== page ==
With many prime-time shows eschewing the opening sequence altogether (Lost, The Closer, and Brothers & Sisters, among them), the audience is getting robbed of television's most charming tradition: the theme song.
Here I reflect upon the best tunes from shows that debuted in or had their greatest runs in the 1970s. And somehow, there isn't a single disco-inspired ditty among them. Whew.
Hawaii 5-0: 1968-1980
A theme song is officially effective when you know it even if you've never seen the program. I grew up in the 80s and never saw a single episode of this cops-in-paradise action show (I think my parents used to hum it when we played "Name That Tune" on car trips), but can spot a riff of composer Morton Stevens' tune faster than a hula girl's hips can swivel. I dare you to not do the mashed potato when those staccato-y trumpets start blaring.
The Brady Bunch: 1969-1974
A more insidious theme song did not exist -- and I wouldn't want it any other way. The poor production value, shoddy singing by the cast (though I can hear Maureen McCormick trying to pick up the slack), and show creator and co-composer Sherwood Schwartz's ingenious riffing on contemporary pop music combine to spin a yarn so familiar and happy he once said of it: "It's like a dinner bell. When people hear it, they come running."
The Mary Tyler Moore Show: 1970-1977
It's a bit of a snore when you listen to it without seeing cutie Mary Richards toss her hat into the Minneapolis sky, but Sonny Curtis's sweet anthem for single working women in the 70s, "Love is All Around," struck the perfect chord with viewers. Oprah once said the opening sequence to this comedy even inspired her to "make it after all" in the TV news biz, so we may have Curtis to thank for the big O.
All in the Family: 1971-1979
Saturday nights belonged to Archie and Edith Bunker, and hearing their whiny bad-dinner-theater-ish ode to the good ol' days was the best part. I remember seeing re-runs of the show and wondering, "Who is Glenn Miller? And the Hit Parade? What's a LaSalle?" but hearing the song now, I totally get it. For Archie, that lovable, bigoted lug, even Depression-era America was easier to accept than blacks on his block, women in the workforce, and a guy named Meathead dating his daughter. Those were the days, indeed.
I still cringe a little at the name of this melancholy theme song ("Suicide is Painless"), but the opening guitar strums played over the chopping of a helicopter was absolute perfection. Used in Robert Altman's original 1970 film about Korean War docs, the Johnny-Mandel-penned theme is a perfect prologue to the show, which effortlessly married biting satire with a helluva a lot of heart. The delicate flutes and muted trumpets toward the song's finale are, like America was during wartime, sad but hopeful.
Happy Days: 1974-1984
"These days are ahhhhhh/Oh happy days!" It's impossible to frown when you hear those lyrics. Believe me, I tried! The show's original opening song was Bill Haley's classic "Rock Around the Clock," but the second season had Richie and the gang jitterbugging to a new tune. Despite a pop culture gap in time of 20 years, composer Charles Fox and lyricist Norman Gimbel managed to craft the perfect mid-century ode to innocence: "Goodbye gray skies hello blue/Nothing can hold me when I hold you." I can taste the milkshake now.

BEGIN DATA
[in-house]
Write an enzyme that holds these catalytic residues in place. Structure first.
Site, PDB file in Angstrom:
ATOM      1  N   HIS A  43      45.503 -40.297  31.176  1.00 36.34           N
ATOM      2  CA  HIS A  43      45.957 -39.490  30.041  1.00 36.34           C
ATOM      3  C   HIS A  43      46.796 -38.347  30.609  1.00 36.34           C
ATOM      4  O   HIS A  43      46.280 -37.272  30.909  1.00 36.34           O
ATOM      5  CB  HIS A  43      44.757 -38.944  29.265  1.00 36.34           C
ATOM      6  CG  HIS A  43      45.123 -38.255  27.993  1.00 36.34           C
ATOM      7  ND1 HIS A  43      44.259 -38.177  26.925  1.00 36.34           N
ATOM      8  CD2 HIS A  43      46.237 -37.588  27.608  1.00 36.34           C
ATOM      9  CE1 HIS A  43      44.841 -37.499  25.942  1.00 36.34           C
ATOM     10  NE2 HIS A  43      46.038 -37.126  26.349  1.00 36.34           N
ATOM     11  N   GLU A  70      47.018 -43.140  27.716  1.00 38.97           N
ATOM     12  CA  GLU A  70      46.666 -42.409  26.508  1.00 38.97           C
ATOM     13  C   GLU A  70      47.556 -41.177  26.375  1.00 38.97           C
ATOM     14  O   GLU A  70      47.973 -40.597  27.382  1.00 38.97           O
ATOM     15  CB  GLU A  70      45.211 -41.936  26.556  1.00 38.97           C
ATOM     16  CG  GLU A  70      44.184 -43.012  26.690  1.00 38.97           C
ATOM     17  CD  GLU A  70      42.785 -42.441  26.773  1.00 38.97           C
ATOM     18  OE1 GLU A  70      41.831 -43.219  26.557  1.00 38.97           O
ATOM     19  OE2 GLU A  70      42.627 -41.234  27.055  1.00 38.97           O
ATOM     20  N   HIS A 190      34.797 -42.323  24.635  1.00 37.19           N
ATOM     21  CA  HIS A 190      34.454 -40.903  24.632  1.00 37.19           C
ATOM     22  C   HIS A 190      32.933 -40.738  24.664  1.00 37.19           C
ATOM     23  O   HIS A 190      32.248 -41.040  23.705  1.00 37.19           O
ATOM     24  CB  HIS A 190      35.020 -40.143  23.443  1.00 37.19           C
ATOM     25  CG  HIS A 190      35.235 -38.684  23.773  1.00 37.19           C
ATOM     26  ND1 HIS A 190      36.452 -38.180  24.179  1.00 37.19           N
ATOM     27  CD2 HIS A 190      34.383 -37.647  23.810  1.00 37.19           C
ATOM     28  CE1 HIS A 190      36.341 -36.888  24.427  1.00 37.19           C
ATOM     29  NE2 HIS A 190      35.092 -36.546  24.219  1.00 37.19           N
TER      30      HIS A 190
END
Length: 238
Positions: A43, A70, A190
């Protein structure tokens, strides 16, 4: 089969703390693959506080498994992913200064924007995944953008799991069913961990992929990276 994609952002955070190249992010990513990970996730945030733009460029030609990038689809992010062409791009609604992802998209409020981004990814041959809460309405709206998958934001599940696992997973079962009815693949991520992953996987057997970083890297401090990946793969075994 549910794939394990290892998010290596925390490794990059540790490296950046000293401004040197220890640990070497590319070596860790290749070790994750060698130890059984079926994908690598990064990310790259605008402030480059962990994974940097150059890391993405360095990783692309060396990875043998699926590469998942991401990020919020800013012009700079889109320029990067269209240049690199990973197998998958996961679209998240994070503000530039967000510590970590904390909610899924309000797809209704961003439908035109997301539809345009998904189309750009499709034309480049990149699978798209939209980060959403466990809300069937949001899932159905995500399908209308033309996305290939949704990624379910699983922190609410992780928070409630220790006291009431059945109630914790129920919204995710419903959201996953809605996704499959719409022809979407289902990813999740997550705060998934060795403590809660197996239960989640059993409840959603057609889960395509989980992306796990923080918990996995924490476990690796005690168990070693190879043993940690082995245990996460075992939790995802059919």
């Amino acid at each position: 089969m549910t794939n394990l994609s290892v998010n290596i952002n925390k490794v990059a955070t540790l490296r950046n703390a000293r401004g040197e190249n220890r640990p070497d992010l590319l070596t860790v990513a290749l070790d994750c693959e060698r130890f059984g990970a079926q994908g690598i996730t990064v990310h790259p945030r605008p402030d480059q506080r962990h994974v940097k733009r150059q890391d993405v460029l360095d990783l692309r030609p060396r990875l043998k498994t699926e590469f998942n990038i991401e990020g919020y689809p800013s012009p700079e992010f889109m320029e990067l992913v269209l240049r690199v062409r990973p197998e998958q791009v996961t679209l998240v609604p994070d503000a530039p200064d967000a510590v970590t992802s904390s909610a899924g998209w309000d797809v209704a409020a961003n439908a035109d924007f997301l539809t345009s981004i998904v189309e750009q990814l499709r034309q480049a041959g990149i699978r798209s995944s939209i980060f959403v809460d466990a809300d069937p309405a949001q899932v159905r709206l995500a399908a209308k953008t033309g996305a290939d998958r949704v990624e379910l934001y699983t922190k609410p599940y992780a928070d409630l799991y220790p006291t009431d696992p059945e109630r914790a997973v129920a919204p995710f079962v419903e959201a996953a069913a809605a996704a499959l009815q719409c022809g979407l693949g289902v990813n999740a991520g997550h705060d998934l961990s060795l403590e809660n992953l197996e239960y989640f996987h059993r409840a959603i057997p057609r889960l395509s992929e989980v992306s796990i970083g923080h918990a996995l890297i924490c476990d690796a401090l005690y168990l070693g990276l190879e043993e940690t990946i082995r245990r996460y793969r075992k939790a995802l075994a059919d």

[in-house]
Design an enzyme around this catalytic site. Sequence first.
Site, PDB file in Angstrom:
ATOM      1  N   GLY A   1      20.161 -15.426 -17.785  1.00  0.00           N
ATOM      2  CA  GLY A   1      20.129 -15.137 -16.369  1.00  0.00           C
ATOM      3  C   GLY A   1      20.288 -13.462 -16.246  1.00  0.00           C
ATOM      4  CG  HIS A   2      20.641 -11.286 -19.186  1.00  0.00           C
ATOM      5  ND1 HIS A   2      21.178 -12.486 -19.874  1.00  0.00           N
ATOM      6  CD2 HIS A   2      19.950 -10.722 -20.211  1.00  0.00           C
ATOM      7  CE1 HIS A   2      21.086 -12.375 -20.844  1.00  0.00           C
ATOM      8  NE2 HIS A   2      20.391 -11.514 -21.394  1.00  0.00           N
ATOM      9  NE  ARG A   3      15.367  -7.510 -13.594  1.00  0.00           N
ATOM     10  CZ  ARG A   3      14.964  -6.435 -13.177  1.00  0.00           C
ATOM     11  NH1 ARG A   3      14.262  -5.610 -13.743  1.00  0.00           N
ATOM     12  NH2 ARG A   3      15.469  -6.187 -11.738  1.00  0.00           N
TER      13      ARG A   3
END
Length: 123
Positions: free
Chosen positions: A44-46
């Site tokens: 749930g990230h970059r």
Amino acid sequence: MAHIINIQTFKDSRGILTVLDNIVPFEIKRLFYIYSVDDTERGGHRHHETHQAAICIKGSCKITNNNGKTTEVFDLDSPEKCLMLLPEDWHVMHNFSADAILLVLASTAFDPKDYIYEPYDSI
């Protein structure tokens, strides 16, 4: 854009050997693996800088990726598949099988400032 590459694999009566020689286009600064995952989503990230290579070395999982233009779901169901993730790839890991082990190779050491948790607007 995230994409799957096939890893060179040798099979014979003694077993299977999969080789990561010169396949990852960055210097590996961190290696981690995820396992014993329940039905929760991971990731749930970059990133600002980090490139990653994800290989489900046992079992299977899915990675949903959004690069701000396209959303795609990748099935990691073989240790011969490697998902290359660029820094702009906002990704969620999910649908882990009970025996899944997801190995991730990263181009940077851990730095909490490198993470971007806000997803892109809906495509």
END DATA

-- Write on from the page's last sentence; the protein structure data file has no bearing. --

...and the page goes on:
Welcome Back, Kotter: 1975-1979
Lovin' Spoonful singer John Sebastian wrote such a solid theme for this sitcom that the producers changed the name of the show from its original title, Kotter. I actually chuckled a bit listening to the song now as the tune is so bobby and happy, yet the lyrics are a major bummer: "Welcome back/Your dreams were your ticket out." Local boy leaves and fails out in the world and has to return home to teach a bunch of ingrates. Hilarious! And total perfection.
The Jeffersons: 1975-1985
This church-on-Sunday gospel hymn about folks "Movin' On Up" in New York is so good, it's hard to imagine it was written just for TV. Sung by Good Times actress Ja'net Dubois (Jeffersons' creator Norman Lear asked her to write the lyrics), the song drips with joy and celebration, which belied nicely the hilariously mean-spirited exchanges between George and Louise. Though, like me listening to this song today, they couldn't help but feel the love.
Out of all the ditties here, this one, "Angela's Theme," is the only song that actually sounds like the 1970s. Not the wah-wah guitar 70s, rather, the drinking chilled white wine with a guy named Chuck and his thick 'stache version of the decade. And somehow, as it's played over images of a lonely New York City with a yellow cab crossing the 59th street bridge, the delicate melody and slightly funky middle section reflects a cabbie's day-in-the-life: tired, melancholy, and ready for anything.
Laverne and Shirley: 1976-1983
I'm pretty sure it's the only television theme in history to incorporate spoken Yiddish ("Schlemiel, schlimazel!"). And the fact that the story is centered on two "goyas" working in a Milwaukee brewery, well, that's just priceless. From the same team that brought us Happy Days song, this catchy girl-power confection celebrated all the kookiness that was Laverne and Shirley, while promising to "make all our dreams true." I'd say a cool Pepsi and milk sounds good right about now.